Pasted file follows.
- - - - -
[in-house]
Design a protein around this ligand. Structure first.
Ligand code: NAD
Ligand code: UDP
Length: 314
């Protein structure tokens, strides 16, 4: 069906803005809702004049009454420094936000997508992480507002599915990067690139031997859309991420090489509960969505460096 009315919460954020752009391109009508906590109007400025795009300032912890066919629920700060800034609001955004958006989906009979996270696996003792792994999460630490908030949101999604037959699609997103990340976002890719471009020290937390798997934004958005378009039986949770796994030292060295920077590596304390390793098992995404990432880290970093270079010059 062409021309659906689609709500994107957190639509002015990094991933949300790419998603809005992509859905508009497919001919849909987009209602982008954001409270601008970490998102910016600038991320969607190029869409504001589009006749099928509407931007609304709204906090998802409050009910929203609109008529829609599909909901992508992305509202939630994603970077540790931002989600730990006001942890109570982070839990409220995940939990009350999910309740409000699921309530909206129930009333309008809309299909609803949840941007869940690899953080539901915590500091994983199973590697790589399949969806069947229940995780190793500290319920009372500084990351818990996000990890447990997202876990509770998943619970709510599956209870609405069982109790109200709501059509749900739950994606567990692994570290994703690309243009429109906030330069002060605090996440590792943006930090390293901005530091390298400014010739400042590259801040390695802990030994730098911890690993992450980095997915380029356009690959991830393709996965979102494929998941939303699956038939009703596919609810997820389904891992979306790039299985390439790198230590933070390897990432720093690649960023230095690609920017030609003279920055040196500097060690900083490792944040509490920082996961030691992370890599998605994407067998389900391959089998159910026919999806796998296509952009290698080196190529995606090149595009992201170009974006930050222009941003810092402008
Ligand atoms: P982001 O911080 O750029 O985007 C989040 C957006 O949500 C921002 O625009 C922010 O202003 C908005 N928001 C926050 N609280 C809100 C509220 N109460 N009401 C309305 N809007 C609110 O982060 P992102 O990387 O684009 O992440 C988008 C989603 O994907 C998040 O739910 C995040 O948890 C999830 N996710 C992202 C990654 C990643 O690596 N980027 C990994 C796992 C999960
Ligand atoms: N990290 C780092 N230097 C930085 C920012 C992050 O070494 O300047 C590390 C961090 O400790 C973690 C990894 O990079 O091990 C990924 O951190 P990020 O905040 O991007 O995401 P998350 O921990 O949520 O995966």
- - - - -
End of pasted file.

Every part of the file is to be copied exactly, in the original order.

[in-house]
Design a protein around this ligand. Structure first.
Ligand code: NAD
Ligand code: UDP
Length: 314
């Protein structure tokens, strides 16, 4: 069906803005809702004049009454420094936000997508992480507002599915990067690139031997859309991420090489509960969505460096 009315919460954020752009391109009508906590109007400025795009300032912890066919629920700060800034609001955004958006989906009979996270696996003792792994999460630490908030949101999604037959699609997103990340976002890719471009020290937390798997934004958005378009039986949770796994030292060295920077590596304390390793098992995404990432880290970093270079010059 062409021309659906689609709500994107957190639509002015990094991933949300790419998603809005992509859905508009497919001919849909987009209602982008954001409270601008970490998102910016600038991320969607190029869409504001589009006749099928509407931007609304709204906090998802409050009910929203609109008529829609599909909901992508992305509202939630994603970077540790931002989600730990006001942890109570982070839990409220995940939990009350999910309740409000699921309530909206129930009333309008809309299909609803949840941007869940690899953080539901915590500091994983199973590697790589399949969806069947229940995780190793500290319920009372500084990351818990996000990890447990997202876990509770998943619970709510599956209870609405069982109790109200709501059509749900739950994606567990692994570290994703690309243009429109906030330069002060605090996440590792943006930090390293901005530091390298400014010739400042590259801040390695802990030994730098911890690993992450980095997915380029356009690959991830393709996965979102494929998941939303699956038939009703596919609810997820389904891992979306790039299985390439790198230590933070390897990432720093690649960023230095690609920017030609003279920055040196500097060690900083490792944040509490920082996961030691992370890599998605994407067998389900391959089998159910026919999806796998296509952009290698080196190529995606090149595009992201170009974006930050222009941003810092402008
Ligand atoms: P982001 O911080 O750029 O985007 C989040 C957006 O949500 C921002 O625009 C922010 O202003 C908005 N928001 C926050 N609280 C809100 C509220 N109460 N009401 C309305 N809007 C609110 O982060 P992102 O990387 O684009 O992440 C988008 C989603 O994907 C998040 O739910 C995040 O948890 C999830 N996710 C992202 C990654 C990643 O690596 N980027 C990994 C796992 C999960
Ligand atoms: N990290 C780092 N230097 C930085 C920012 C992050 O070494 O300047 C590390 C961090 O400790 C973690 C990894 O990079 O091990 C990924 O951190 P990020 O905040 O991007 O995401 P998350 O921990 O949520 O995966």